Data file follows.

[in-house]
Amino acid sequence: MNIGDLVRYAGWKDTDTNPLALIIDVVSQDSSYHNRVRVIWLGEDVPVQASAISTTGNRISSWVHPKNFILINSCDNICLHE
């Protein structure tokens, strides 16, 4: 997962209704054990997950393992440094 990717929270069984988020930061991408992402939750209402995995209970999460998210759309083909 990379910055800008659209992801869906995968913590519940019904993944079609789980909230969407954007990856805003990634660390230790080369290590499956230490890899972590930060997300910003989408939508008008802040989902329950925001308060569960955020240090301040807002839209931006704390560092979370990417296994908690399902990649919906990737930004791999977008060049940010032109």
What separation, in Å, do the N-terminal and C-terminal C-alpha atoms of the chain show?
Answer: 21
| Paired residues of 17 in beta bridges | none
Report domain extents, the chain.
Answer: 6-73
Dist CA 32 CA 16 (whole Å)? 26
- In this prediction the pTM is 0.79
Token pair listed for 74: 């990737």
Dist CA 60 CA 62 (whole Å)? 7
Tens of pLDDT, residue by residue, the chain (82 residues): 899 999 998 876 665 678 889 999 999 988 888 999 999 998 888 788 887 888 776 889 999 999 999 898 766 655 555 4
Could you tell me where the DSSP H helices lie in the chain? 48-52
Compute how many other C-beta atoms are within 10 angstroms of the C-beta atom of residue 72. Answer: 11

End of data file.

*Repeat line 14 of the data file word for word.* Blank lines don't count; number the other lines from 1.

Could you tell me where the DSSP H helices lie in the chain? 48-52